The United States government has doubled its funding for dealing with the environmental and health consequences of its wartime use in Vietnam of the toxic herbicide Agent Orange, the embassy said Friday.
President Barack Obama recently signed a bill increasing the funding from $3 million to $6 million, embassy officials said. Most of the money is being used in Danang, where U.S. troops used to mix and store Agent Orange at an Air Force base before loading it onto planes.
During the Vietnam war, which ended in 1975, the U.S. sprayed more than 20 million gallons of Agent Orange and other herbicides across the country to strip Vietnamese guerrillas of ground cover and kill their crops.
Agent Orange contains dioxin, a highly toxic substance that remains in soil and sediment for years and poses a serious health threat to anyone who touches it.
Vietnam believes as many as 4 million people have suffered serious health problems from the herbicide, such as cancer, spina bifida and other birth defects. The U.S. says the actual number is probably far lower and that further scientific study is needed to understand the health impact. The U.S. and Vietnam only began working together in 2007 to address the consequences of Agent Orange after years of disagreement.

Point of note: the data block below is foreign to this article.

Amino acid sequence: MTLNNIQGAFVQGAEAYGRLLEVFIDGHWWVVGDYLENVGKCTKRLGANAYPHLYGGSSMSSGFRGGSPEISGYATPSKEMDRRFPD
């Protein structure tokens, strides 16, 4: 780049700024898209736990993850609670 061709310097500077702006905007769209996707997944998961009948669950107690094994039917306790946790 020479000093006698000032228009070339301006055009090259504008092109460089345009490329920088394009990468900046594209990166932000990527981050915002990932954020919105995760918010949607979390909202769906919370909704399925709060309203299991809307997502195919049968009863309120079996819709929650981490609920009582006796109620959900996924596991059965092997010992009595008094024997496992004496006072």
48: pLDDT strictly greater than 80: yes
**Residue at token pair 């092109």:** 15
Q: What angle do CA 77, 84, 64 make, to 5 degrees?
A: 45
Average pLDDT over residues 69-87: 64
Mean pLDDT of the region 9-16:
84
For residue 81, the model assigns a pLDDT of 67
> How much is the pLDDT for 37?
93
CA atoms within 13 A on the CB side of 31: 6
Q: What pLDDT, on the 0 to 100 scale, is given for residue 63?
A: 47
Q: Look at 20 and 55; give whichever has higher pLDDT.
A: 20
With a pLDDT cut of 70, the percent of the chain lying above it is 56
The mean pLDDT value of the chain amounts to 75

The embassy said in a statement that one third of the $6 million is being used for health programs to serve people in the Danang area. The rest will be used to remove dioxin from the soil and sediment near Danang airport.
The first $3 million in U.S. funds was allocated during the administration of George W. Bush. Some of that money was used to contain dioxin at the Danang site to prevent it getting into the water supply.
Friday's People's Army newspaper quoted Lai Minh Hien, a Vietnamese environmental official in charge of Agent Orange issues, as saying that Vietnam needs additional 1 trillion dong ($57 million) to clean up dioxin in Danang as well as at former U.S. air bases in Bien Hoa and Phu Cat.
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